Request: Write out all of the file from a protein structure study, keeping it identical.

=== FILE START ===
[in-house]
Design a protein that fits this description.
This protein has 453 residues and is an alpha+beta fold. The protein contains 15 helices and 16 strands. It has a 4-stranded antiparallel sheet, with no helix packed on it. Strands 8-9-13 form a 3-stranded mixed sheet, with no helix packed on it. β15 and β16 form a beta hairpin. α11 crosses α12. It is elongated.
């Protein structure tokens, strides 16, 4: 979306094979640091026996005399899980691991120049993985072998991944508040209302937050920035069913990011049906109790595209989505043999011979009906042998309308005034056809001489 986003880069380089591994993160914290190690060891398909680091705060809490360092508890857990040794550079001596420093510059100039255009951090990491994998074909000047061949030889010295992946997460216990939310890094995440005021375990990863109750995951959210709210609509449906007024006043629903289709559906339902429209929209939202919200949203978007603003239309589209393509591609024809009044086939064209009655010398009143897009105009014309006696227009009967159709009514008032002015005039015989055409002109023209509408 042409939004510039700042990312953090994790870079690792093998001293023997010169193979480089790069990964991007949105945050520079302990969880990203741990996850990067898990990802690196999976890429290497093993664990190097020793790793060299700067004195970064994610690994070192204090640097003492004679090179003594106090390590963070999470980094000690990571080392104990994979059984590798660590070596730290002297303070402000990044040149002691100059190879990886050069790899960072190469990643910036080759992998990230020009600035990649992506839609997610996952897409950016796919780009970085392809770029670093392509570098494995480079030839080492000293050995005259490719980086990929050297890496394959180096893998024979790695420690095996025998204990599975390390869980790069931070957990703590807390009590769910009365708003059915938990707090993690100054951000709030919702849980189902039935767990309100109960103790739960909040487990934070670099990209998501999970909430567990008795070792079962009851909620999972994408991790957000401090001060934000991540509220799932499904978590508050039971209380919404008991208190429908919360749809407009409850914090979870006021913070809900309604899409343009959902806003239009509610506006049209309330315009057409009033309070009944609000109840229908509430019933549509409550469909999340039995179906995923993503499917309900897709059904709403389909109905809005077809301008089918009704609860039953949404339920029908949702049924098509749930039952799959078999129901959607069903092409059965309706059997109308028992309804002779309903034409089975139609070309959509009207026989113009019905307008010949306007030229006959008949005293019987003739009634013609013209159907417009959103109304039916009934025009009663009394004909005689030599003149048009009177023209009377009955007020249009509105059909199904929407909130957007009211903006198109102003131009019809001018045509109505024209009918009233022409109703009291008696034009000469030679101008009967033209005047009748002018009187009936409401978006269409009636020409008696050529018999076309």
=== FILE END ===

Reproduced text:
[in-house]
Design a protein that fits this description.
This protein has 453 residues and is an alpha+beta fold. The protein contains 15 helices and 16 strands. It has a 4-stranded antiparallel sheet, with no helix packed on it. Strands 8-9-13 form a 3-stranded mixed sheet, with no helix packed on it. β15 and β16 form a beta hairpin. α11 crosses α12. It is elongated.
């Protein structure tokens, strides 16, 4: 979306094979640091026996005399899980691991120049993985072998991944508040209302937050920035069913990011049906109790595209989505043999011979009906042998309308005034056809001489 986003880069380089591994993160914290190690060891398909680091705060809490360092508890857990040794550079001596420093510059100039255009951090990491994998074909000047061949030889010295992946997460216990939310890094995440005021375990990863109750995951959210709210609509449906007024006043629903289709559906339902429209929209939202919200949203978007603003239309589209393509591609024809009044086939064209009655010398009143897009105009014309006696227009009967159709009514008032002015005039015989055409002109023209509408 042409939004510039700042990312953090994790870079690792093998001293023997010169193979480089790069990964991007949105945050520079302990969880990203741990996850990067898990990802690196999976890429290497093993664990190097020793790793060299700067004195970064994610690994070192204090640097003492004679090179003594106090390590963070999470980094000690990571080392104990994979059984590798660590070596730290002297303070402000990044040149002691100059190879990886050069790899960072190469990643910036080759992998990230020009600035990649992506839609997610996952897409950016796919780009970085392809770029670093392509570098494995480079030839080492000293050995005259490719980086990929050297890496394959180096893998024979790695420690095996025998204990599975390390869980790069931070957990703590807390009590769910009365708003059915938990707090993690100054951000709030919702849980189902039935767990309100109960103790739960909040487990934070670099990209998501999970909430567990008795070792079962009851909620999972994408991790957000401090001060934000991540509220799932499904978590508050039971209380919404008991208190429908919360749809407009409850914090979870006021913070809900309604899409343009959902806003239009509610506006049209309330315009057409009033309070009944609000109840229908509430019933549509409550469909999340039995179906995923993503499917309900897709059904709403389909109905809005077809301008089918009704609860039953949404339920029908949702049924098509749930039952799959078999129901959607069903092409059965309706059997109308028992309804002779309903034409089975139609070309959509009207026989113009019905307008010949306007030229006959008949005293019987003739009634013609013209159907417009959103109304039916009934025009009663009394004909005689030599003149048009009177023209009377009955007020249009509105059909199904929407909130957007009211903006198109102003131009019809001018045509109505024209009918009233022409109703009291008696034009000469030679101008009967033209005047009748002018009187009936409401978006269409009636020409008696050529018999076309």